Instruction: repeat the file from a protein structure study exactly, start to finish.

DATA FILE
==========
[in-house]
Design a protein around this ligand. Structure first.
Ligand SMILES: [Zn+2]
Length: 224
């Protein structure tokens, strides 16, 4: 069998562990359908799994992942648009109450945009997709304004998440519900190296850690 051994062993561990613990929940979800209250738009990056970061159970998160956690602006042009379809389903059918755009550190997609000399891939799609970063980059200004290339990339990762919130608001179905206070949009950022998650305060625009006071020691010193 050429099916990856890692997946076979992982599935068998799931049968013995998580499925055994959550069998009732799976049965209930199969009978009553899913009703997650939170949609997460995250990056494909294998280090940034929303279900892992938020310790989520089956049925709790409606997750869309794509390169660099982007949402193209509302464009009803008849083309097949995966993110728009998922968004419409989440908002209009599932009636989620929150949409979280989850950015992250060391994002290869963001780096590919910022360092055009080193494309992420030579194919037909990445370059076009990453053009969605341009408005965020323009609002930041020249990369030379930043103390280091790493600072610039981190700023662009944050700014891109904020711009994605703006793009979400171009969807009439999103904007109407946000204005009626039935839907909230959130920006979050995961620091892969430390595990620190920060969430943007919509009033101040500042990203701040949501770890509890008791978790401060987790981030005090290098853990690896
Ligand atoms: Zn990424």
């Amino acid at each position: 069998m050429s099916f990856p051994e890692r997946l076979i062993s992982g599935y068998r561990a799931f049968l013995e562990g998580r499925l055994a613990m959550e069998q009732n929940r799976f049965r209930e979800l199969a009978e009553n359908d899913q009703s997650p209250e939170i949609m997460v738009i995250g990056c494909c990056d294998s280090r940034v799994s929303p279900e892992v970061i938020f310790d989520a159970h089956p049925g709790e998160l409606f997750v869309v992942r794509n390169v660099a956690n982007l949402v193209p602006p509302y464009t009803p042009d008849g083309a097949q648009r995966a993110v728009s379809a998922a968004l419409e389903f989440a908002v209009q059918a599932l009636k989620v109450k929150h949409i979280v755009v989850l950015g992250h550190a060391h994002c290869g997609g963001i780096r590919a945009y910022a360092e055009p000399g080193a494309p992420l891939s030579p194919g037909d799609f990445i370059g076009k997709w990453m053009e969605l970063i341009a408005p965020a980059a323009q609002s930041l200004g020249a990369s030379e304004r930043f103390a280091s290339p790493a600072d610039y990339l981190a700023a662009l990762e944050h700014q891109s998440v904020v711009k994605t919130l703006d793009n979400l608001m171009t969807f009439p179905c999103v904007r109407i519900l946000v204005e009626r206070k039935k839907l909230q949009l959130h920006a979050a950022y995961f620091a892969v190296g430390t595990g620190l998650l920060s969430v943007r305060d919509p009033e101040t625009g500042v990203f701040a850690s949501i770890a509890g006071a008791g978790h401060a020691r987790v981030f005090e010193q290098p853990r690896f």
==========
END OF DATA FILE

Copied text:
[in-house]
Design a protein around this ligand. Structure first.
Ligand SMILES: [Zn+2]
Length: 224
């Protein structure tokens, strides 16, 4: 069998562990359908799994992942648009109450945009997709304004998440519900190296850690 051994062993561990613990929940979800209250738009990056970061159970998160956690602006042009379809389903059918755009550190997609000399891939799609970063980059200004290339990339990762919130608001179905206070949009950022998650305060625009006071020691010193 050429099916990856890692997946076979992982599935068998799931049968013995998580499925055994959550069998009732799976049965209930199969009978009553899913009703997650939170949609997460995250990056494909294998280090940034929303279900892992938020310790989520089956049925709790409606997750869309794509390169660099982007949402193209509302464009009803008849083309097949995966993110728009998922968004419409989440908002209009599932009636989620929150949409979280989850950015992250060391994002290869963001780096590919910022360092055009080193494309992420030579194919037909990445370059076009990453053009969605341009408005965020323009609002930041020249990369030379930043103390280091790493600072610039981190700023662009944050700014891109904020711009994605703006793009979400171009969807009439999103904007109407946000204005009626039935839907909230959130920006979050995961620091892969430390595990620190920060969430943007919509009033101040500042990203701040949501770890509890008791978790401060987790981030005090290098853990690896
Ligand atoms: Zn990424």
């Amino acid at each position: 069998m050429s099916f990856p051994e890692r997946l076979i062993s992982g599935y068998r561990a799931f049968l013995e562990g998580r499925l055994a613990m959550e069998q009732n929940r799976f049965r209930e979800l199969a009978e009553n359908d899913q009703s997650p209250e939170i949609m997460v738009i995250g990056c494909c990056d294998s280090r940034v799994s929303p279900e892992v970061i938020f310790d989520a159970h089956p049925g709790e998160l409606f997750v869309v992942r794509n390169v660099a956690n982007l949402v193209p602006p509302y464009t009803p042009d008849g083309a097949q648009r995966a993110v728009s379809a998922a968004l419409e389903f989440a908002v209009q059918a599932l009636k989620v109450k929150h949409i979280v755009v989850l950015g992250h550190a060391h994002c290869g997609g963001i780096r590919a945009y910022a360092e055009p000399g080193a494309p992420l891939s030579p194919g037909d799609f990445i370059g076009k997709w990453m053009e969605l970063i341009a408005p965020a980059a323009q609002s930041l200004g020249a990369s030379e304004r930043f103390a280091s290339p790493a600072d610039y990339l981190a700023a662009l990762e944050h700014q891109s998440v904020v711009k994605t919130l703006d793009n979400l608001m171009t969807f009439p179905c999103v904007r109407i519900l946000v204005e009626r206070k039935k839907l909230q949009l959130h920006a979050a950022y995961f620091a892969v190296g430390t595990g620190l998650l920060s969430v943007r305060d919509p009033e101040t625009g500042v990203f701040a850690s949501i770890a509890g006071a008791g978790h401060a020691r987790v981030f005090e010193q290098p853990r690896f």